Gold and Black: You went through quite a transformation not just developmentally but physically as well. You had told me you came here at 174 and you were just 199 at the Combine. That's a big deal to how you played, as a physical guy.
Johnson:
"Now, going onto this (professional) level, it's going to be guys bigger and stronger than you, faster than you, it's all about using the technique and getting them down on the ground and really showing them you're not afraid to approach and make plays and make big hits. A lot of guys see that in me, that I'm not afraid to come up and make a tackle and I'm not afraid to use my hands and shed some of the receivers and make a play. I feel like using that from practice habits, shedding from the blocking pads or using the sled or really just using it on your own teammates to make each other better. That really stretched me out as far as being physical."

Gold and Black: What do you hope your legacy is here?
Johnson:
"I want to be like Rod Woodson. I want to be one of those guys. I want you to remember me as coming in making plays, the tandem with Ricardo and Josh Johnson. Those guys made plays. You can to the end zone, and they'd hit you. Want to be one of the best players to ever come through Purdue, one of the best corners and being a good leader as far as not just football but in the community and showing you're a good people person and you love to help out."

Gold and Black: Who's the best player you played with while you were here?
Johnson:
"It's hard to choose. There are a couple guys. Ryan Kerrigan was a great player. Ricardo is a good player. Kawann Short. Akeem Shavers stepped in and stayed in for two years and he played his behind off. Having that fight in the dog of Marve, being hurt all those years. A lot of people may not say this, but Ralph Bolden. It's crazy that he came off three ACL surgeries and he still came out and played and did what he could. If you remember him from 2009, he was a guy who could be projected as a high pick but ended up hurting him. Those guys really showed me that they can play."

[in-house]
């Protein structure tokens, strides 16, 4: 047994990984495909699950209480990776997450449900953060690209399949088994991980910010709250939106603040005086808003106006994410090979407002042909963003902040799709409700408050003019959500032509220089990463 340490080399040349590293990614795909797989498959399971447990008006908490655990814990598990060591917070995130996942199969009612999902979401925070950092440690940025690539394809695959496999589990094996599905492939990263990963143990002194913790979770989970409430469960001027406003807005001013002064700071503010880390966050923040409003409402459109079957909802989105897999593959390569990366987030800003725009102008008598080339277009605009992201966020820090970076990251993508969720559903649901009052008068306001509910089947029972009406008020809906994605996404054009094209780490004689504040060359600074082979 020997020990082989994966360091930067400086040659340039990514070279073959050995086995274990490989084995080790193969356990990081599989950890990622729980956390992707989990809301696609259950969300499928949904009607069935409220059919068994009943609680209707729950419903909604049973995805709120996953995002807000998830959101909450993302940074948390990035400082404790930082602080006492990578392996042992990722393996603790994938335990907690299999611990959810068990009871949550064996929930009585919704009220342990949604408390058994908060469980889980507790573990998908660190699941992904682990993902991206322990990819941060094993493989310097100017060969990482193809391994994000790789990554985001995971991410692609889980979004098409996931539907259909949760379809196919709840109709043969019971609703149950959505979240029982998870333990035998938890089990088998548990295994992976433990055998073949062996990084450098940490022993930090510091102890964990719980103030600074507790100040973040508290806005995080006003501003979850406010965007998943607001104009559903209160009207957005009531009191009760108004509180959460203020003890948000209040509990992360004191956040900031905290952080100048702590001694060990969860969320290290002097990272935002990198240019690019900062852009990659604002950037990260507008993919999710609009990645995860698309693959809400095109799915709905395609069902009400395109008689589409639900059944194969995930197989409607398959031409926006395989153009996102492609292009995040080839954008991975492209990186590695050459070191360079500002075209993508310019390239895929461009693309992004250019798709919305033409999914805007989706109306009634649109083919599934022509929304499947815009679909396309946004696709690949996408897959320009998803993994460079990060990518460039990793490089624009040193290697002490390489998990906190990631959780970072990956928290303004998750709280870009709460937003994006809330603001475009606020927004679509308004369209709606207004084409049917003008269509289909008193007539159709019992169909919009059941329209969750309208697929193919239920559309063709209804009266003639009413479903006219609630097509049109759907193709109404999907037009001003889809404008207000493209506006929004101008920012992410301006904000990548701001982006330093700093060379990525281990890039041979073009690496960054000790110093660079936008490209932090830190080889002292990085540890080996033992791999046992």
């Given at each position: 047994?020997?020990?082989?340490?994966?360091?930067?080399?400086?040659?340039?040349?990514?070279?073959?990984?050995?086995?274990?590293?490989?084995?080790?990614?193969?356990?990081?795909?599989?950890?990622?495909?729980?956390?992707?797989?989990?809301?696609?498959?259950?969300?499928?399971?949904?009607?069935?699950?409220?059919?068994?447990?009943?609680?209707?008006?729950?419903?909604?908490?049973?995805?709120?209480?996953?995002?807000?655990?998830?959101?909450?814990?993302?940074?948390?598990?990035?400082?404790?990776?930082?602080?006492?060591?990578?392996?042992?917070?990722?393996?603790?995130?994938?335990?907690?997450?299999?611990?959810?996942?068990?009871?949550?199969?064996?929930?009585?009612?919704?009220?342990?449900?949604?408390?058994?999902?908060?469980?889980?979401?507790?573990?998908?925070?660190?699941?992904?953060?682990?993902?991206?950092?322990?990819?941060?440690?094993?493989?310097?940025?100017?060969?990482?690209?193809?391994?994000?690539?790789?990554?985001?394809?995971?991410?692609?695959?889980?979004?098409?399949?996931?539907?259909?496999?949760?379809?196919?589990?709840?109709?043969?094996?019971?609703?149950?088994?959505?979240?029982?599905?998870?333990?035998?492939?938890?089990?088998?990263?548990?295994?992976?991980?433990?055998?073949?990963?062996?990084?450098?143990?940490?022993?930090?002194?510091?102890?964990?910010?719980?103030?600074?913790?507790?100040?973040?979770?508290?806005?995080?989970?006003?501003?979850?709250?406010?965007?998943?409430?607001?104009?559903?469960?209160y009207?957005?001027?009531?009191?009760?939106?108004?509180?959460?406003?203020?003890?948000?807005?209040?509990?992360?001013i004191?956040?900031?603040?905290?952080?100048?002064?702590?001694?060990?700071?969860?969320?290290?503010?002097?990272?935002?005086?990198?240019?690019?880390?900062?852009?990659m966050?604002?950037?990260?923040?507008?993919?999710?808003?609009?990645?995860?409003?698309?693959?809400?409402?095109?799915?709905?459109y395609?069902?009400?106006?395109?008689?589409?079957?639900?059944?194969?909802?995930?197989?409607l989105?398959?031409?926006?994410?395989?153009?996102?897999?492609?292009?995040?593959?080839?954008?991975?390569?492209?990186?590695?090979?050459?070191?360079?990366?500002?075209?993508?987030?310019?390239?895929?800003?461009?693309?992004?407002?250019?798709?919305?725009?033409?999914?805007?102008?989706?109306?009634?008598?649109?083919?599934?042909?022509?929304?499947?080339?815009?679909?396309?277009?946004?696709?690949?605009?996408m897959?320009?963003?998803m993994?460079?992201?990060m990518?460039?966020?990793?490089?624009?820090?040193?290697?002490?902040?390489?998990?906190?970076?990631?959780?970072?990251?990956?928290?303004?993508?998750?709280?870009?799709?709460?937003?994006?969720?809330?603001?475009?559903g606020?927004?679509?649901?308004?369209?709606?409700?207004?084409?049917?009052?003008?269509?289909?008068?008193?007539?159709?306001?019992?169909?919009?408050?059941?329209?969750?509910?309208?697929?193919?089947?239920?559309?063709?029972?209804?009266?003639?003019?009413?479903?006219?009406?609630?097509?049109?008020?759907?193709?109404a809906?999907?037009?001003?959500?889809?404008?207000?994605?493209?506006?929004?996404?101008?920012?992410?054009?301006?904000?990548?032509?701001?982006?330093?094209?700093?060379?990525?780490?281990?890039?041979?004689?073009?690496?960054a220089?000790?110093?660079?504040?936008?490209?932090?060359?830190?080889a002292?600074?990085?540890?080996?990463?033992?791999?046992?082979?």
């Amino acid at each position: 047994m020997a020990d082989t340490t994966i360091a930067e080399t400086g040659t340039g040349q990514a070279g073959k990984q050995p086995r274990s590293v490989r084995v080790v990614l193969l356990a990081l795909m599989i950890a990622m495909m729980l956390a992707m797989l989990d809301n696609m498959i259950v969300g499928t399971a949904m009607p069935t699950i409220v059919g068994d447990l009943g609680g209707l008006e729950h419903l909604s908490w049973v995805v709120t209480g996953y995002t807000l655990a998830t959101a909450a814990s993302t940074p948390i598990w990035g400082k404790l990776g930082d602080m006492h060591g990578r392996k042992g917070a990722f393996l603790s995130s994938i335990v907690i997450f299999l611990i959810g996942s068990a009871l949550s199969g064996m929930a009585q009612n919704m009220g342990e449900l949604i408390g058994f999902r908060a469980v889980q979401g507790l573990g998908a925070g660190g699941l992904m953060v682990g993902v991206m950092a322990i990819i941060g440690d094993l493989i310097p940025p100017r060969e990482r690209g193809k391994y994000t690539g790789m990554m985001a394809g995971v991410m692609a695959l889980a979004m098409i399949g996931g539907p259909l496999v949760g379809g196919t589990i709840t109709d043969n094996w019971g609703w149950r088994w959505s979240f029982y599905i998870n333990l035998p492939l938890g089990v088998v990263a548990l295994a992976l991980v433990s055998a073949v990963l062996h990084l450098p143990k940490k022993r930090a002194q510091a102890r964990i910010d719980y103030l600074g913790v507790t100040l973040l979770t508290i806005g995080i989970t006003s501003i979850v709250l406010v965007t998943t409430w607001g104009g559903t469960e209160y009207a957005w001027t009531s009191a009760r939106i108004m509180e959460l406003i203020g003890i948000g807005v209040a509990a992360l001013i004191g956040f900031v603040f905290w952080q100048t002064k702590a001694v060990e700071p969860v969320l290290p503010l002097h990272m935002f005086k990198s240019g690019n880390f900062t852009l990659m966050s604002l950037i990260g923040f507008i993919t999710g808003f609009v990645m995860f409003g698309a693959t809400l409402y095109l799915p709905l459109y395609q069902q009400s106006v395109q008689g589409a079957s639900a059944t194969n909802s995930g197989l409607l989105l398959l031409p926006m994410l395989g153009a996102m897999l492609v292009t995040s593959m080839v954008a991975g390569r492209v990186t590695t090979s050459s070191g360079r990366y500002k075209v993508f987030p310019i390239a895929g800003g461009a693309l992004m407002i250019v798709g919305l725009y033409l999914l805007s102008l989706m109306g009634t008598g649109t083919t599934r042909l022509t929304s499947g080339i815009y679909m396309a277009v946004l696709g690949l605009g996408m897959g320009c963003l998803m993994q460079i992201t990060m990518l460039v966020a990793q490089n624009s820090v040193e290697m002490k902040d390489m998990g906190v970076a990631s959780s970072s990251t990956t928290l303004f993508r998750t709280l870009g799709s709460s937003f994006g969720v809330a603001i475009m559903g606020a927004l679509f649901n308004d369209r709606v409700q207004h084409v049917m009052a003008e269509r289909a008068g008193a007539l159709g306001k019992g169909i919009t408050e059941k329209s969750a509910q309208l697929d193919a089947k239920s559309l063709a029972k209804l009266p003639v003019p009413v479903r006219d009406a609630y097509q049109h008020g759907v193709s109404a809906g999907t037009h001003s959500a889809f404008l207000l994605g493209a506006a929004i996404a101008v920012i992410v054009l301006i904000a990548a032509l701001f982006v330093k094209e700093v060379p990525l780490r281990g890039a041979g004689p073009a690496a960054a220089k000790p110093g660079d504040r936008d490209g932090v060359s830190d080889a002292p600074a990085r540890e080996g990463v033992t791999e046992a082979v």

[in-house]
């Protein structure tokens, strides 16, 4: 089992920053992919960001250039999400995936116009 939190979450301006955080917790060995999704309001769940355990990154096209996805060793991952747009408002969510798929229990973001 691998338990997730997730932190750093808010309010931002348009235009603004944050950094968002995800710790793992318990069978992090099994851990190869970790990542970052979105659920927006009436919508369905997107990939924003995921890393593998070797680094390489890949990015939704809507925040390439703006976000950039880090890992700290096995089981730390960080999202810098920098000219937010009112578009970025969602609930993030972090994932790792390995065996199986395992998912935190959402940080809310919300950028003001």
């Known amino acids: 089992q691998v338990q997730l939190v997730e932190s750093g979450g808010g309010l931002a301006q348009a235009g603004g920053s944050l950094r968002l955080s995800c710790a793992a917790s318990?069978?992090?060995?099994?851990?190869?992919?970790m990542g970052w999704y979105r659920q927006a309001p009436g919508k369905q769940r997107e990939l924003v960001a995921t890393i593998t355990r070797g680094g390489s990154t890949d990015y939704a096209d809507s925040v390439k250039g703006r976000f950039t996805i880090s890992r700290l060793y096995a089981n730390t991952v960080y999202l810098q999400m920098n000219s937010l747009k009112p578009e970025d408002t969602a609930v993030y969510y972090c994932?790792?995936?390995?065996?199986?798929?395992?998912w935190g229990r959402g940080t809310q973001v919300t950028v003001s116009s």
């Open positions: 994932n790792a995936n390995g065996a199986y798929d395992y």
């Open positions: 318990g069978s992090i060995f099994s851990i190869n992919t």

Gold and Black: Give me a breakout player for next year.
Johnson:
"I feel like Frankie Williams is going to do a good job. He's stepped in and he has some time to really feel the game. I feel like Raheem Mostert and Akeem Hunt. But a guy that people really sleep on as a dark horse is Dolapo Macarthy. He's like 6-5, and he loves to block and he loves to do what you want him to do. If you tell him to go block for a whole series, he'll do it because he just loves the game. And he has a knack to want to make plays."

Gold and Black: Best victory and toughest loss?
Johnson:
"Toughest loss was Ohio State this year. Or Notre Dame. Those were the two toughest ones. We played our behinds off for 59 minutes just couldn't finish it at Ohio State. Notre Dame, we knew we should have beat them and it's just a couple calls, being at Notre Dame you're not going to get if you're playing close with them. I feel like some of the biggest wins were beating Ohio State twice here. Storming the field was great. And the last three wins of my senior year, getting us to another bowl game. We had to win those and those were tremendous."

Gold and Black: Give me two captains for next year.
Johnson:
"Raheem Mostert and Ricardo Allen."